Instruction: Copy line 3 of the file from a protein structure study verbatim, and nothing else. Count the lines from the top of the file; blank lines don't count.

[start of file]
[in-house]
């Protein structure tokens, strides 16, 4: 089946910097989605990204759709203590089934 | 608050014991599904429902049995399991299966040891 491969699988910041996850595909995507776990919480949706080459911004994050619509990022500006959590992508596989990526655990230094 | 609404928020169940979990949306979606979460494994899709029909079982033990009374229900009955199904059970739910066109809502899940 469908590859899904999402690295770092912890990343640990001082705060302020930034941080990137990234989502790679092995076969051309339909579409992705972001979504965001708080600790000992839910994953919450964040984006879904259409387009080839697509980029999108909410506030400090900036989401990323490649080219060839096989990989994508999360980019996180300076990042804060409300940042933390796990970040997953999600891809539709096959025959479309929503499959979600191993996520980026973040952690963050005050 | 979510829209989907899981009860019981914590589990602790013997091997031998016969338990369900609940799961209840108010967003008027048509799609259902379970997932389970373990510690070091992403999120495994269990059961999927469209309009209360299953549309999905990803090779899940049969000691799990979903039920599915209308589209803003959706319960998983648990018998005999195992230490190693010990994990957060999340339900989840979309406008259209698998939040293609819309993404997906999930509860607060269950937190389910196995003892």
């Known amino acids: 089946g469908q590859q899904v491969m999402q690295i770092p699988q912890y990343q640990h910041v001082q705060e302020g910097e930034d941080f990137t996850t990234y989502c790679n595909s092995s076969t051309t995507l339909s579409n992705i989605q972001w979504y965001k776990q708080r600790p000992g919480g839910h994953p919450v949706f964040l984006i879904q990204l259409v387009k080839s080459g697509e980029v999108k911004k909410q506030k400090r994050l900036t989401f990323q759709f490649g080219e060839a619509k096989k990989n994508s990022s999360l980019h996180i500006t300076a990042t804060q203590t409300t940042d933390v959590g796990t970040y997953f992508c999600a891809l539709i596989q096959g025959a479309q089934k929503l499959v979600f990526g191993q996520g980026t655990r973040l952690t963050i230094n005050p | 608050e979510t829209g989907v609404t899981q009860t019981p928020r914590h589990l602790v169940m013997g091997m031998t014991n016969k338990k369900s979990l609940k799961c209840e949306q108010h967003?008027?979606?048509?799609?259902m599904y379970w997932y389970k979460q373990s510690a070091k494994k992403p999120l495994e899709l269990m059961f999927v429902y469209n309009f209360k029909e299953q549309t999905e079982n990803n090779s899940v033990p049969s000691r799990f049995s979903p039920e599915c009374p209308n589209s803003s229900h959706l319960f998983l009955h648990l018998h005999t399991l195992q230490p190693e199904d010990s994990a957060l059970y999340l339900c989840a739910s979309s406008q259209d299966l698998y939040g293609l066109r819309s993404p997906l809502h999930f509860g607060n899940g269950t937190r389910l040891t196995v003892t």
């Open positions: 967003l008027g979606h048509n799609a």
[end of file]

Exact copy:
């Known amino acids: 089946g469908q590859q899904v491969m999402q690295i770092p699988q912890y990343q640990h910041v001082q705060e302020g910097e930034d941080f990137t996850t990234y989502c790679n595909s092995s076969t051309t995507l339909s579409n992705i989605q972001w979504y965001k776990q708080r600790p000992g919480g839910h994953p919450v949706f964040l984006i879904q990204l259409v387009k080839s080459g697509e980029v999108k911004k909410q506030k400090r994050l900036t989401f990323q759709f490649g080219e060839a619509k096989k990989n994508s990022s999360l980019h996180i500006t300076a990042t804060q203590t409300t940042d933390v959590g796990t970040y997953f992508c999600a891809l539709i596989q096959g025959a479309q089934k929503l499959v979600f990526g191993q996520g980026t655990r973040l952690t963050i230094n005050p | 608050e979510t829209g989907v609404t899981q009860t019981p928020r914590h589990l602790v169940m013997g091997m031998t014991n016969k338990k369900s979990l609940k799961c209840e949306q108010h967003?008027?979606?048509?799609?259902m599904y379970w997932y389970k979460q373990s510690a070091k494994k992403p999120l495994e899709l269990m059961f999927v429902y469209n309009f209360k029909e299953q549309t999905e079982n990803n090779s899940v033990p049969s000691r799990f049995s979903p039920e599915c009374p209308n589209s803003s229900h959706l319960f998983l009955h648990l018998h005999t399991l195992q230490p190693e199904d010990s994990a957060l059970y999340l339900c989840a739910s979309s406008q259209d299966l698998y939040g293609l066109r819309s993404p997906l809502h999930f509860g607060n899940g269950t937190r389910l040891t196995v003892t």